“Everything You Know About Denver’s Real Estate Market Is Wrong”

Erik Carman
Published on June 20, 2017

“Everything You Know About Denver’s Real Estate Market Is Wrong”

5280 Magazine published an article this year titled Everything You Know About Denver’s Real Estate Market Is Wrong. The author, Natasha Gardner, interviewed a variety of local real estate professionals, and covered some popular topics such as rising interest rates, low inventory, market timing and new construction, among others.

The article was fairly detailed. Here are some key take-aways:

Low inventory is in a loop

Many home-owners who would consider down-sizing or upgrading, choose to stay put to avoid the challenge of buying a new home in Denver’s competitive market. As more people enter the City, this is only increasing demand- and prices- for the few listings that are currently available.

Target the “Slow Season” to buy

The Denver real estate market traditionally heats up in the summer and cools in the winter. While this has changed somewhat with historically low inventory levels, it’s still beneficial to buy in the winter and sell in the summer.

The article also noted that some neighborhoods (such as Park Hill) never seem to lose demand!

Don’t Count On Rising Interest Rates to Stall the Denver Real Estate Market 

Although the Federal Reserve raised interest rates in both December and March by 0.25%, some mortgage analysts note that this may not have a big impact on Denver’s competitive market. While a change of 1% in interest rates usually affects a buyers’ purchasing ability by about 10%, buyers shouldn’t expect a market crash based on the moderate rises we’ve seen.

Use The Homesnap App 

I also use this app as it gets its information directly from the local MLS… Honestly, nearly anything is more accurate that Trulia and Zillow, neither of which have up to date information.

Sales Numbers

Historical Denver average of homes sold in the month of February: 14,308

Number of Denver homes sold February 2017: 3,878

Up & Comers 

These neighborhoods were identified as areas of rising popularity, and price point:

DOM= Days on Market

Harvey Park

Median Sale Price: $295,000
Price Change: +18 percent
Median DOM: 6

Chaffee Park

Median Sale Price: $298,700
Price Change: +12.72 percent
Median DOM: 7


Median Sale Price: $256,000
Price Change: +11.3 percent
Median DOM: 6

Ruby Hill

Median Sale Price: $264,500
Price Change: +16.52 percent
Median DOM: 5

Use a Good Agent 

This is sort of subjective, but in my experience a “good agent” is one who will do whatever it takes to get a property under contract. I’ve gotten buyers under contract in spite of bidding wars. It’s not always about having the highest offer, sometimes what’s really important is making the listing agent feel confident that you are the offer that will close on time, and without issues.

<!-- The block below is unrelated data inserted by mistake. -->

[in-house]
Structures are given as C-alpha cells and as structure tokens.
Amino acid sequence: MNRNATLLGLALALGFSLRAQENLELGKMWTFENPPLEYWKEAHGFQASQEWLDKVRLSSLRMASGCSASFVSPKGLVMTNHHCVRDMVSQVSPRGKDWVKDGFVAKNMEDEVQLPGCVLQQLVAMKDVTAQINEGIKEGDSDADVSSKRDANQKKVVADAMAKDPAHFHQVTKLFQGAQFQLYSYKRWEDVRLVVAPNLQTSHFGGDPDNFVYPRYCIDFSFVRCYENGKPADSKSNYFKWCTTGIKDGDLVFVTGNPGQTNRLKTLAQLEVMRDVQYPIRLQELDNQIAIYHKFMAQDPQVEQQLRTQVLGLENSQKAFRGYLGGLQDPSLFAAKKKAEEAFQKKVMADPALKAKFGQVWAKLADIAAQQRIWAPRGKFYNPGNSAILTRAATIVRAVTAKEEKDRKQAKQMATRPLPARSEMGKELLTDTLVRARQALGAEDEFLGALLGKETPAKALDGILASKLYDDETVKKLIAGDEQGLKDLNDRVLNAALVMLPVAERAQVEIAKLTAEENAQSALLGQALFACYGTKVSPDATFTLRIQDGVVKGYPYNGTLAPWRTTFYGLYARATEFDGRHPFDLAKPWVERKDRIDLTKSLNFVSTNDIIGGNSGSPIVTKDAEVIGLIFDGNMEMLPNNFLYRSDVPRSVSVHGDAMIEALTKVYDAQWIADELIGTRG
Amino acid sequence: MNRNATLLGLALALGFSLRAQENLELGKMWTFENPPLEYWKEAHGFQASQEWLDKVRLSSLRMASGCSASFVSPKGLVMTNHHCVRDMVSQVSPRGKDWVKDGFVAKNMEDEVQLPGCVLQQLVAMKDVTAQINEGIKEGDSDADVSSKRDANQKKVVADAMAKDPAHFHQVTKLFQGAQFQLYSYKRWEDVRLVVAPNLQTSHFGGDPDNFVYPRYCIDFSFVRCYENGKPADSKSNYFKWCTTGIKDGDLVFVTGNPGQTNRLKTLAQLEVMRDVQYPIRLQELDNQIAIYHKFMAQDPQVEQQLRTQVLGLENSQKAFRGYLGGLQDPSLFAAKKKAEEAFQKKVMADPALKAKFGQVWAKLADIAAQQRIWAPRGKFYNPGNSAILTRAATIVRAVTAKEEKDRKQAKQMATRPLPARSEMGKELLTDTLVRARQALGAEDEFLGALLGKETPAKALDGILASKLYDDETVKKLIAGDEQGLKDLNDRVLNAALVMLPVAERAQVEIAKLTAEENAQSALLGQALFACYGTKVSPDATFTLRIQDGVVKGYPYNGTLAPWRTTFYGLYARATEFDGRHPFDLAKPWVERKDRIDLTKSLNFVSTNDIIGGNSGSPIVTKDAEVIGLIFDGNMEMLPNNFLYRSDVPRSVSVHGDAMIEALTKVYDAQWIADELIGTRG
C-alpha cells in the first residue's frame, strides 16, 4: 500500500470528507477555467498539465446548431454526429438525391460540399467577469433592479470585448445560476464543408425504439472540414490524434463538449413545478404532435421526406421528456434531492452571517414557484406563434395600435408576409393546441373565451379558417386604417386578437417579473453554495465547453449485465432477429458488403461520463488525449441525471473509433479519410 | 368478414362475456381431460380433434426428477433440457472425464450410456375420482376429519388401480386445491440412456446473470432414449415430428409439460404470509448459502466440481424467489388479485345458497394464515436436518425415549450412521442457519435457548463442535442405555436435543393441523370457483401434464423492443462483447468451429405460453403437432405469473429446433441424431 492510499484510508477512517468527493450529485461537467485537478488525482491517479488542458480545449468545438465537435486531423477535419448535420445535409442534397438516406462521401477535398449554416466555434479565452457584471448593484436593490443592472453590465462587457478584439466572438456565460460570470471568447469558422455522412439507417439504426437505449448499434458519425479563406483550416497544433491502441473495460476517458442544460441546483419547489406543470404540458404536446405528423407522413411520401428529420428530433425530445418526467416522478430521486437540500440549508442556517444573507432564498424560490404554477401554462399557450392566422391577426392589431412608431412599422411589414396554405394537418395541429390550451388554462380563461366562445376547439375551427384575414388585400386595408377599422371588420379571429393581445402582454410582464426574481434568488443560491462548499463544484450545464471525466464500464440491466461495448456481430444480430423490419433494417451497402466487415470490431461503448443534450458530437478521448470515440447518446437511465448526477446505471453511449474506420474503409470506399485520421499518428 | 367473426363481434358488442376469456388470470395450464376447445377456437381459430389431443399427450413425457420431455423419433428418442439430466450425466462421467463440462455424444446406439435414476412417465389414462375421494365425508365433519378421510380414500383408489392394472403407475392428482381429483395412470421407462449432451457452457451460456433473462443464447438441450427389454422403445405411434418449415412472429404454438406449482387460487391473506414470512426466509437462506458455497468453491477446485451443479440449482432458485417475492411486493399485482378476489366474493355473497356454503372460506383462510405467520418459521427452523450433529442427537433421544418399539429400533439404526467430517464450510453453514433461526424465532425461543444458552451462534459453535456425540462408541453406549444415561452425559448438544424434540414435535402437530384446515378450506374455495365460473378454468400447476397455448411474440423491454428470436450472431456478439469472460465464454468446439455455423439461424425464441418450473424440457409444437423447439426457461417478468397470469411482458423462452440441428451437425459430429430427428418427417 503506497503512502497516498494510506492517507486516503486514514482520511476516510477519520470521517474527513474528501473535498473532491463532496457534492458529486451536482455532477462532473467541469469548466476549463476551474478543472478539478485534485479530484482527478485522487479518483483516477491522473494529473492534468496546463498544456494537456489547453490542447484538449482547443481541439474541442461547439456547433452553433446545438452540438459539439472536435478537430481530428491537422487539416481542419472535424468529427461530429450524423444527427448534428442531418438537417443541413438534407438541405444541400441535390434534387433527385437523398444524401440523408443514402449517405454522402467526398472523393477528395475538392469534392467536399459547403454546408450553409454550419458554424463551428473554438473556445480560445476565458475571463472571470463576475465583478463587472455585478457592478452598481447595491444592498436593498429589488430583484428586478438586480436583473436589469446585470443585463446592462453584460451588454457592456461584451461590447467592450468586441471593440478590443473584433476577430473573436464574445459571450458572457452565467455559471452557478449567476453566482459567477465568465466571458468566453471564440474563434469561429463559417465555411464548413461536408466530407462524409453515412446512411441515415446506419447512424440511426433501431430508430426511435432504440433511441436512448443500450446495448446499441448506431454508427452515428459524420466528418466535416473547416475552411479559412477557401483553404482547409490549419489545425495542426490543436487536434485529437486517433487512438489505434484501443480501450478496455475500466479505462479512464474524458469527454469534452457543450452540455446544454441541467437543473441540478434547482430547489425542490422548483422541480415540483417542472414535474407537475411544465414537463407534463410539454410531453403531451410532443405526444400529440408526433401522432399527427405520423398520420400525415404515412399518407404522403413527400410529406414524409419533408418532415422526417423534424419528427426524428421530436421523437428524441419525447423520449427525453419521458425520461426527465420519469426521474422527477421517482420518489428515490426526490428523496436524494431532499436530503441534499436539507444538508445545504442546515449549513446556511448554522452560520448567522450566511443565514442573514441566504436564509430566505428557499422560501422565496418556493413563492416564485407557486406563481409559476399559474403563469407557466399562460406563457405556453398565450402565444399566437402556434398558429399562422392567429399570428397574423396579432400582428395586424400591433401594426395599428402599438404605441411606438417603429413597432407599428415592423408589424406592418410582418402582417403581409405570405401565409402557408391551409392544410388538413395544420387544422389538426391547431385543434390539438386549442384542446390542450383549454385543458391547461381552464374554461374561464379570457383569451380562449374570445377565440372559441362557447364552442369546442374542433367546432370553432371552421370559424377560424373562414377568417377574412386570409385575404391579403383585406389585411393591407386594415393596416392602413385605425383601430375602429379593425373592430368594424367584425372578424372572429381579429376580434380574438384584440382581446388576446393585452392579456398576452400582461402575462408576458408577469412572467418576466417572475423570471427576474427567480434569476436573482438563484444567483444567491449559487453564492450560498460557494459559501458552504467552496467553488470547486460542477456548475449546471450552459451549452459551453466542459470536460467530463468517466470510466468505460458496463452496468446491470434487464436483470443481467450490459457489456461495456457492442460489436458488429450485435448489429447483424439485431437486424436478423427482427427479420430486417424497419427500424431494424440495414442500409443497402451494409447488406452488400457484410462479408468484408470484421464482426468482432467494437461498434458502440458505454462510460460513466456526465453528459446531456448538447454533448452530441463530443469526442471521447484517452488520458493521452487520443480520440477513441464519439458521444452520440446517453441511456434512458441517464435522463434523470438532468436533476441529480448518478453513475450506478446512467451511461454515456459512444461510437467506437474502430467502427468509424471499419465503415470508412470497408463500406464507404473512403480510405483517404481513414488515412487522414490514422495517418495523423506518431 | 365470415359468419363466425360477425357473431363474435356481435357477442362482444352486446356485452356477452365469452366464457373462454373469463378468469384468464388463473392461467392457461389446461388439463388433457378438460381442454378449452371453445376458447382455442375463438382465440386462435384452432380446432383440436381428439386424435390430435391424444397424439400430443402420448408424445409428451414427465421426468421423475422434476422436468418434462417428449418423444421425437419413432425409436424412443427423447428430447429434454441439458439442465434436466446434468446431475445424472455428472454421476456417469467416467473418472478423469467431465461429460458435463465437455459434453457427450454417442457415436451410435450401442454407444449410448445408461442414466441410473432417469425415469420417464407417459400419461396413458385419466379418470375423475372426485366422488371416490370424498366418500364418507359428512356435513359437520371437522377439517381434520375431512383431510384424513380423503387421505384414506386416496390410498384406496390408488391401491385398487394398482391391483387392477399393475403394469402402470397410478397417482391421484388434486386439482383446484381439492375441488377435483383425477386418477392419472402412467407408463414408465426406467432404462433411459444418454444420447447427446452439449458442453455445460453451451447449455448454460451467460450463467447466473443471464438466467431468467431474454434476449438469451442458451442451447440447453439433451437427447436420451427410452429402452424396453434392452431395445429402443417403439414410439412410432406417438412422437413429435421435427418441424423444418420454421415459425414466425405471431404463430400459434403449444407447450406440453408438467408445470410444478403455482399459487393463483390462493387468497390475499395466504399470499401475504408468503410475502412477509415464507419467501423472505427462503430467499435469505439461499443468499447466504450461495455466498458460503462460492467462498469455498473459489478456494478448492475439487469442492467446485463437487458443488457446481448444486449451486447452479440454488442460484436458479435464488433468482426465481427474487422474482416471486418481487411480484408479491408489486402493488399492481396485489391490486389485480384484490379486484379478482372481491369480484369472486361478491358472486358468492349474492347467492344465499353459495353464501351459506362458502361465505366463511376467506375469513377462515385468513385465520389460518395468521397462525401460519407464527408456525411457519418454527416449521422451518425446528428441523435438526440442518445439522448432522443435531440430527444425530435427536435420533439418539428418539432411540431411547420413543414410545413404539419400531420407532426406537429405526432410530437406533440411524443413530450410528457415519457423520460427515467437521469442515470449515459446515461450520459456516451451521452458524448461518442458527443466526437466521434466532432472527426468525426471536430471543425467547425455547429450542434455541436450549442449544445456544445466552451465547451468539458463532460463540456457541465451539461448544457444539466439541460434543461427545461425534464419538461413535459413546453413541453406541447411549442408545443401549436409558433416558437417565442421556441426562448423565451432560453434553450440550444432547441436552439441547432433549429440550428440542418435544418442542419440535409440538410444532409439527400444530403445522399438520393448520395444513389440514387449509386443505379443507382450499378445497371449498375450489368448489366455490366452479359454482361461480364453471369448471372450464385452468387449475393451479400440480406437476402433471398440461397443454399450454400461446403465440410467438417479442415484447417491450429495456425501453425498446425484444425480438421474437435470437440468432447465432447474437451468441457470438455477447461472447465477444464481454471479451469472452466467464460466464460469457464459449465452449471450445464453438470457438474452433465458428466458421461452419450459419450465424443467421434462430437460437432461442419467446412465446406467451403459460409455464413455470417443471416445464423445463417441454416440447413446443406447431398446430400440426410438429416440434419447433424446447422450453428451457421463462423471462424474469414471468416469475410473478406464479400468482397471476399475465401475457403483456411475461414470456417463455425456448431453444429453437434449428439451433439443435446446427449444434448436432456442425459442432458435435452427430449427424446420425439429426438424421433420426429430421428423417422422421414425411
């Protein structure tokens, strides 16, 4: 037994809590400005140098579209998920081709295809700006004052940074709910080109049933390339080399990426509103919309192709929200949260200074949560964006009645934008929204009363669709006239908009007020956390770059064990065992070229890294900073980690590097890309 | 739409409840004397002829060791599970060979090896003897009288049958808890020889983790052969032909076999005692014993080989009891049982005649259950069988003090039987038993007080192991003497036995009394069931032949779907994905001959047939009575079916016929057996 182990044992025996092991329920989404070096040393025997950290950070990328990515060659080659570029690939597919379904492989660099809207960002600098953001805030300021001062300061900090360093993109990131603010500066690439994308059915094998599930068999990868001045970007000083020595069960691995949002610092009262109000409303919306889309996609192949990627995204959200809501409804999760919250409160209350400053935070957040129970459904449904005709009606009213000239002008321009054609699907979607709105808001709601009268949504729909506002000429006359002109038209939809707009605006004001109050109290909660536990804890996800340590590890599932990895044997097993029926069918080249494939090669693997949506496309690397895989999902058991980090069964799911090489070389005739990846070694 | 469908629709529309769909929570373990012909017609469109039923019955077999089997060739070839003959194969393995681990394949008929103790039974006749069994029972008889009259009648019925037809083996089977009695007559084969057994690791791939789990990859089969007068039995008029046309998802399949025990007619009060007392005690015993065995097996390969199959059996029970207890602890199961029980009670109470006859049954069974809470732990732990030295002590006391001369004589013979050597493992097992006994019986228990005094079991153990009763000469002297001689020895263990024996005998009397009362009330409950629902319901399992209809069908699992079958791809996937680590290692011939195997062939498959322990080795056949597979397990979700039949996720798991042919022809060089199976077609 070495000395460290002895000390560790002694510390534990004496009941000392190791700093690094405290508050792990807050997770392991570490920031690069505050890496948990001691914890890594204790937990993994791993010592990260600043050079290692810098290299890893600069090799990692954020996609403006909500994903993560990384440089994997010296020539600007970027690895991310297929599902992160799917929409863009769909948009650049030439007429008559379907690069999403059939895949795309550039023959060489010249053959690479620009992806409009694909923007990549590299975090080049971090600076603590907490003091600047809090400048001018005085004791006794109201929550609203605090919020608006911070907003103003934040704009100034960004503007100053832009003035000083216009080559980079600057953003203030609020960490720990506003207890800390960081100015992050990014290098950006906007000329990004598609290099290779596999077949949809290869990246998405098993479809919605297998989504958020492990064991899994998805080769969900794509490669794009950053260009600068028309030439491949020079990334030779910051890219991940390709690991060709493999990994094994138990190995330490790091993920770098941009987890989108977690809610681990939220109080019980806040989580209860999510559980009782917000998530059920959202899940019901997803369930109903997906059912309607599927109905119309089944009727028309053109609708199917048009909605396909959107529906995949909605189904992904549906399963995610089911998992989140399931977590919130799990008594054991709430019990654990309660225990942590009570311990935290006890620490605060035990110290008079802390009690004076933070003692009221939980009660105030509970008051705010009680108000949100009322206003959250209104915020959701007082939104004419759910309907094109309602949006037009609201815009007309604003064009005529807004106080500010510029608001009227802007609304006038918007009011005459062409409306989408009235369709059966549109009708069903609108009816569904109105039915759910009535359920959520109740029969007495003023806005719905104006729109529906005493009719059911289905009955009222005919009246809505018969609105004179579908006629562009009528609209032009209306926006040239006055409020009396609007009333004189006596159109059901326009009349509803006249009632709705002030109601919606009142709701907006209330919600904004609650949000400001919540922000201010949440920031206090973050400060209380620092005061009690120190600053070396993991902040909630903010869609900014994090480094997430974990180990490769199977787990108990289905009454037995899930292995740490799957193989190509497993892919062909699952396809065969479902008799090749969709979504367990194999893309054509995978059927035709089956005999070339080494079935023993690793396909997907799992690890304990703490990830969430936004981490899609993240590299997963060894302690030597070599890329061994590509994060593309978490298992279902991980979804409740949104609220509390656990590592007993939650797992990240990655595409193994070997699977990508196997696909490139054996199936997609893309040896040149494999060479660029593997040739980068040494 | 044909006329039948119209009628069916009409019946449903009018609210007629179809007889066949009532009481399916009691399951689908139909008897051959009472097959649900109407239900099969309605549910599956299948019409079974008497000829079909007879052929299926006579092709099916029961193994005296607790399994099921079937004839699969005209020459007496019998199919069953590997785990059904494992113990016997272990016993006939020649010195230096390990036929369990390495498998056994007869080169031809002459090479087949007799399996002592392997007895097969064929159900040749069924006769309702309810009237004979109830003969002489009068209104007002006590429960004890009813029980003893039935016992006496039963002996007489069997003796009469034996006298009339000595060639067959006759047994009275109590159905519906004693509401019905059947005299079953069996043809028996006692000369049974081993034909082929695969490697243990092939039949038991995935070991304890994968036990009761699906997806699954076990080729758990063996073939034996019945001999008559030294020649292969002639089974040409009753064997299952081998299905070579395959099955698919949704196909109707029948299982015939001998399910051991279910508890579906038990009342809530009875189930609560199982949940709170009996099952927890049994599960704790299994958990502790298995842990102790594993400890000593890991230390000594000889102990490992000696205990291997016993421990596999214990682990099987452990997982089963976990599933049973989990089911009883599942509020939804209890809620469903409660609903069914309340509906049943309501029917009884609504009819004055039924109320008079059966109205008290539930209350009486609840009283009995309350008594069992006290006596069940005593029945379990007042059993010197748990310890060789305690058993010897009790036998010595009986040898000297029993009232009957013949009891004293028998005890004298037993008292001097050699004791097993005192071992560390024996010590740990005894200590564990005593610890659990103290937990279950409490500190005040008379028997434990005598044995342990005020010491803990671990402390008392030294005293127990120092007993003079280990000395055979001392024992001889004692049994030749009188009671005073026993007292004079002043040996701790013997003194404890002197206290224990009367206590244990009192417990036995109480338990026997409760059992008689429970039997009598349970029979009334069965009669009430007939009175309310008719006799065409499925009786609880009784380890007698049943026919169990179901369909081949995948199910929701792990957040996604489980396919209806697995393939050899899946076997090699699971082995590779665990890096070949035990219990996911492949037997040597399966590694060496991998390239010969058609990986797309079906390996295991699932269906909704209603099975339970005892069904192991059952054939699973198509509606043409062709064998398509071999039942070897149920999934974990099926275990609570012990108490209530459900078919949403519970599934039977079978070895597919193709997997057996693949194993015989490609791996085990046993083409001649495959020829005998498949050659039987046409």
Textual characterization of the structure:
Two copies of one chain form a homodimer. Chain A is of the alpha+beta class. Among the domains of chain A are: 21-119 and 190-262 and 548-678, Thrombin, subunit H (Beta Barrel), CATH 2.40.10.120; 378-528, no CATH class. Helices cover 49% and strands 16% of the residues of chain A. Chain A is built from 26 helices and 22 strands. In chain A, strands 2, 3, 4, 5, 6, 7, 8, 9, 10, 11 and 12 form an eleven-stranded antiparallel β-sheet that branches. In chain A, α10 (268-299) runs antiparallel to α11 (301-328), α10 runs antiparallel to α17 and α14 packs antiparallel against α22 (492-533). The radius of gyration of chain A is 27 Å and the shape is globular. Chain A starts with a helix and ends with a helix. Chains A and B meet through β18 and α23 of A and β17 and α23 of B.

Consider Using a Backup Offer 

The article notes that 1 in 5 offers fell out of contract last lear during the month of February. While I feel 1 in 10 may be a more conservative number, the fact remains that making a backup offer can be a great way to get a property under contract off you keep coming  up in second place.

Beware of Buyer Fatigue 

Lots of buyers quit trying to buy after losing out on multiple bids during the summer… I have not experienced this personally

Assume the Seller is Listening 

Colorado is a single-party consent state when it comes to recording conversations. So, anything potentially damaging should be said outside of the home you are considering making an offer on.

The Luxury Market is a Buyer’s Market

Shopping for a home is much easier at $1,000,000 and above. In my experience, the pressure starts to let off once you cross 500-600k.

Final Destination 

The author notes how your housing preference may change after viewing properties in the neighborhoods you think you want to buy in. Here is what they said verbatim:

“Can’t find the perfect home in your first-choice area? Try, try again.


You are retired and settled in another state but desperate to live near your grandkids (and your kids’ place doesn’t have a grandparents’ suite). You start in Harvey Park, where there are actually homes for sale. » You decide you want something smaller—and closer to downtown, where there are restaurants and activities to fill your newly clear social calendar—so you look in Sloan Lake. » If you’re going to pay that much for a condo, you think, why not be at the center of things? You buy near Union Station in LoDo.


You’ve been rental-hopping for years—near Colfax Avenue in Capitol Hill, then Uptown, then City Park West. South Park Hill’s tree-lined avenues are appealing after dealing with city-center traffic. » But the historic area is expensive, so you look in North Park Hill. » And then in Northeast Park Hill. » Your agent points out that you could get more house in family-friendly Stapleton, which is right next door. » You want an older home, though, so you head back down toward Colfax—but this time go to Aurora.


You dream of raising kids on the charming blocks near Washington Park’s namesake green space, but you want to be able to afford retirement before you are 80. » Platt Park is appealing, but you need an extra bedroom for visiting family. » You find a place in University Hills but get outbid. » You buy in Littleton.”

Consider Buying New 

New construction is on the rise in Denver, just not as fast as the population growth. While the newer communites such as Lowry may not offer some of the historic neighborhood aesthetic, it could offer the space you are looking for.

-Erik Carman